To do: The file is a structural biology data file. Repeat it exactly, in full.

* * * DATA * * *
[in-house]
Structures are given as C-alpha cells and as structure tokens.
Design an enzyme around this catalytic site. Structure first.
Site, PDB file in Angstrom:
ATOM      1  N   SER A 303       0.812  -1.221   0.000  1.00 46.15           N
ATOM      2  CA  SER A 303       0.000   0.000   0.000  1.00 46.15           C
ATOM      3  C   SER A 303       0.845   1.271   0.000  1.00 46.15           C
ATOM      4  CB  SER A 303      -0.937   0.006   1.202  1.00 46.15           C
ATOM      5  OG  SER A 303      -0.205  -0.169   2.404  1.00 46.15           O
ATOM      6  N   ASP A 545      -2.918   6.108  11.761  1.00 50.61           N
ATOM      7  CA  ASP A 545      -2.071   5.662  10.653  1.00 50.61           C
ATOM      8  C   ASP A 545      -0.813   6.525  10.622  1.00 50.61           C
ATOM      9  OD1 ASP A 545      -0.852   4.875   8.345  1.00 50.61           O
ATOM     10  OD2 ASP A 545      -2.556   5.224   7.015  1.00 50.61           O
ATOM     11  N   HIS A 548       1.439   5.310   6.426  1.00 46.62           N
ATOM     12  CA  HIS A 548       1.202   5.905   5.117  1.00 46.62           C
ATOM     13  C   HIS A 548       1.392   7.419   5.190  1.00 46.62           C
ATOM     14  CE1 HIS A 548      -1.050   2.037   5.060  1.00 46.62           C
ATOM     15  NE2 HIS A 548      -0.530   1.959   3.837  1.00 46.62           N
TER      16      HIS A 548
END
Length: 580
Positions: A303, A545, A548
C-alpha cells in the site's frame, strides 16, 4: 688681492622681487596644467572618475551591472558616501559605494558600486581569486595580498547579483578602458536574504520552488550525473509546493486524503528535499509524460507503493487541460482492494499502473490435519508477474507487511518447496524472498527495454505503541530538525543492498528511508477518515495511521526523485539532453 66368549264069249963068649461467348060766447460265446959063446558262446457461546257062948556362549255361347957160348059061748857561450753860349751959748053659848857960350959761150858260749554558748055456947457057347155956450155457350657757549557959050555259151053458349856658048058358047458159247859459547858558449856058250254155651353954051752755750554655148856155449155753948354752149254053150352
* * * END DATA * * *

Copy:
[in-house]
Structures are given as C-alpha cells and as structure tokens.
Design an enzyme around this catalytic site. Structure first.
Site, PDB file in Angstrom:
ATOM      1  N   SER A 303       0.812  -1.221   0.000  1.00 46.15           N
ATOM      2  CA  SER A 303       0.000   0.000   0.000  1.00 46.15           C
ATOM      3  C   SER A 303       0.845   1.271   0.000  1.00 46.15           C
ATOM      4  CB  SER A 303      -0.937   0.006   1.202  1.00 46.15           C
ATOM      5  OG  SER A 303      -0.205  -0.169   2.404  1.00 46.15           O
ATOM      6  N   ASP A 545      -2.918   6.108  11.761  1.00 50.61           N
ATOM      7  CA  ASP A 545      -2.071   5.662  10.653  1.00 50.61           C
ATOM      8  C   ASP A 545      -0.813   6.525  10.622  1.00 50.61           C
ATOM      9  OD1 ASP A 545      -0.852   4.875   8.345  1.00 50.61           O
ATOM     10  OD2 ASP A 545      -2.556   5.224   7.015  1.00 50.61           O
ATOM     11  N   HIS A 548       1.439   5.310   6.426  1.00 46.62           N
ATOM     12  CA  HIS A 548       1.202   5.905   5.117  1.00 46.62           C
ATOM     13  C   HIS A 548       1.392   7.419   5.190  1.00 46.62           C
ATOM     14  CE1 HIS A 548      -1.050   2.037   5.060  1.00 46.62           C
ATOM     15  NE2 HIS A 548      -0.530   1.959   3.837  1.00 46.62           N
TER      16      HIS A 548
END
Length: 580
Positions: A303, A545, A548
C-alpha cells in the site's frame, strides 16, 4: 688681492622681487596644467572618475551591472558616501559605494558600486581569486595580498547579483578602458536574504520552488550525473509546493486524503528535499509524460507503493487541460482492494499502473490435519508477474507487511518447496524472498527495454505503541530538525543492498528511508477518515495511521526523485539532453 66368549264069249963068649461467348060766447460265446959063446558262446457461546257062948556362549255361347957160348059061748857561450753860349751959748053659848857960350959761150858260749554558748055456947457057347155956450155457350657757549557959050555259151053458349856658048058358047458159247859459547858558449856058250254155651353954051752755750554655148856155449155753948354752149254053150352